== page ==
PAAI THE MAT- by SREELAJA MUKUNDAKUMARAN

Directed by  Sreelaja Mukundakumaran/ Reviewed by Adva Reichman

When the film began I had no idea where it was going to take me and the strong emotions it  will stir in me. This powerful film and the human story it portrays will keep you on your toes.

The serene beginning in India was beautifully shot and I thought I was about to watch a magical dreamy film. But then reality hit, and paradise turned into hell. I was swept away by the mighty twists and turns I never dreamt were coming. Those kept me glued to the screen as I was following Medini’s journey. The character of Medini was played by the very talented Sreelaja Mukundakumaran, who also wrote, directed and produced Paai The Mat.As the film begins, Medini leaves India with a promise of a better life in London, but her hopes come crashing down as she becomes a victim of human trafficking and is repeatedly raped.

She is eventually saved, but when nothing awaits you and you are all alone in this world, what are your choices?
Sreelaja wasn’t afraid to go deep while exploring that subject and revealed captivating filmmaking abilities. I was with her every step of the way and when she lost faith, so did I.

Alone in a foreign country, unable to speak the language and with no money or shelter, she found herself doing the thing she ran away from – prostituting. The look in her eyes, as she understands what has become of her life and the choice she is about to make, is devastating.

Years goes by and we meet Medini again. This time she is broken and numb, doing what she has to, to survive. This is where her real journey begins. This is where, with the help of people who show her kindness and generosity, she discovers her options. Her path is difficult and complicated, and her self-worth does not exist. She stumbles and falls, but life finds a way, and Medini bravely pushes through it.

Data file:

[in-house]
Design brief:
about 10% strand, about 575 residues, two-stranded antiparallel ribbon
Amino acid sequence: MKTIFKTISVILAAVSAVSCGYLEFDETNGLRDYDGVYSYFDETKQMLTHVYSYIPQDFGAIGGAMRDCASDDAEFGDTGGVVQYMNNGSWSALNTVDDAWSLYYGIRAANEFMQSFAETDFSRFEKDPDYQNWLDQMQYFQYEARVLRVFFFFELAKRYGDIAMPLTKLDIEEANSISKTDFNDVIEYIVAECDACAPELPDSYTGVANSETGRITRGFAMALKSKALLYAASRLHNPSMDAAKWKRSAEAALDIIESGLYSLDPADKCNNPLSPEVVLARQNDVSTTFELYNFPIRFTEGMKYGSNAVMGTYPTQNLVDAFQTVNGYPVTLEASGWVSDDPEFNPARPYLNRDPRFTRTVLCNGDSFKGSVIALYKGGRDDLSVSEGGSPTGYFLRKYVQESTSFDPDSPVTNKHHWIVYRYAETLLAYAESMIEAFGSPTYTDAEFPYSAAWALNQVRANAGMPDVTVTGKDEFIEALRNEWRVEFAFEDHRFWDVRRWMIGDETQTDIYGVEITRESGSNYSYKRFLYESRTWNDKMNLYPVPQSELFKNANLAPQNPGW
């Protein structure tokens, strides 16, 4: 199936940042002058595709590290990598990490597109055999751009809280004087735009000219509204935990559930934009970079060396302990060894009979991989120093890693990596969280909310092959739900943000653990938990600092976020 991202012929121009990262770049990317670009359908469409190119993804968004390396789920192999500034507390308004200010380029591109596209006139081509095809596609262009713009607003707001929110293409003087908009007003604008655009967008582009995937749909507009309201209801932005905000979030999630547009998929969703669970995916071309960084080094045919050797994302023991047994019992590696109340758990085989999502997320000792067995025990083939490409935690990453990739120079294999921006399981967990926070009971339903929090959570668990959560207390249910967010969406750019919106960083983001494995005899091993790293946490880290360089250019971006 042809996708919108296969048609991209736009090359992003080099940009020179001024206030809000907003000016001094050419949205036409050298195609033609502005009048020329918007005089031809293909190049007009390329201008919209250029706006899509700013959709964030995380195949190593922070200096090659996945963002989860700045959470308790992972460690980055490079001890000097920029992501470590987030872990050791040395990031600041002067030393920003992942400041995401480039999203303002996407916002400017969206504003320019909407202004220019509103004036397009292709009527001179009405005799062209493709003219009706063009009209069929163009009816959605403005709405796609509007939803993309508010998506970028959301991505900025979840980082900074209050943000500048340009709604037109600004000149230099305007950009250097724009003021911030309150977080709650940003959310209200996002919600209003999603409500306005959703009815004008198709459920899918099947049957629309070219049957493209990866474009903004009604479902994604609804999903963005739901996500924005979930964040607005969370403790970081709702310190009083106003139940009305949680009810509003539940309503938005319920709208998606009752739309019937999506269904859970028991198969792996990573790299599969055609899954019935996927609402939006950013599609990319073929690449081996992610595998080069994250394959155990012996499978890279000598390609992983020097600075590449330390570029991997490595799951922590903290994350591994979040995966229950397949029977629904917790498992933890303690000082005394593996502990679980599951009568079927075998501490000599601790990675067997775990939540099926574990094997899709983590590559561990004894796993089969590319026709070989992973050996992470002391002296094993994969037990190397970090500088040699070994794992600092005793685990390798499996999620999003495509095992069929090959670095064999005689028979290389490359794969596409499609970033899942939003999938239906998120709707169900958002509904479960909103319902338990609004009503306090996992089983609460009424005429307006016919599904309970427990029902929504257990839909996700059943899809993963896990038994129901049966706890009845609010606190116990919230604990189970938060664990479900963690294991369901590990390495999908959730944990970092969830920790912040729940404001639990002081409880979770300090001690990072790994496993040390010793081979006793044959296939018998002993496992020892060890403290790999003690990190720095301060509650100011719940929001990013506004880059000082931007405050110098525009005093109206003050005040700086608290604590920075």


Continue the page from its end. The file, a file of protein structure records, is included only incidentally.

I command Sreelaja for writing such a powerful script and bearing her soul while acting in it. As a director, she took her time and allowed us to see a woman being ripped to shreds, turned and used. But then we get to see the magic of a human being piecing their life back together. It was real, it was raw, and it was moving.

The cinematography, done by Vipin Puthiyankam and Yue Wang, was striking. The locations in which the film was shot really let understand Medini’s world and options. The score and beautiful singing that accompanied it all, enhanced the powerful story and added a whole new layer of feelings. The editor, Ananthu S Vijay, shined as he allowed us to take it all in. In a story as rich as this one, the editor knew when and how to pace it up and when to slow down and let
us absorb what we just saw.

The supporting characters were strong and as the film progressed some of them were like coming out for air. They taught Medini and us that some people are genuinely good and will help, even if you lost faith and refuse to believe in them. Dan, played by Jack Silver, fought hard to restore our faith in men. I was happy Sreelaja wrote such a character, who showed Medini that despite her terrible experiences, not all men will take advantage of her. That, accompanied
with the nun and social worker, supplied careful optimism for a new day.

The film ends with the words “Sometimes, the simplest gestures can make so much of a difference in someone’s life” and I think this powerful message should resound with the viewers. Each person has the power to help or break someone else. Medini felt that throughout the film. But the strongest message was that you have the power to help yourself. It is far from easy and at times, impossible, but even though it was against all odds, Medini did it. and showed us, we can do it too.

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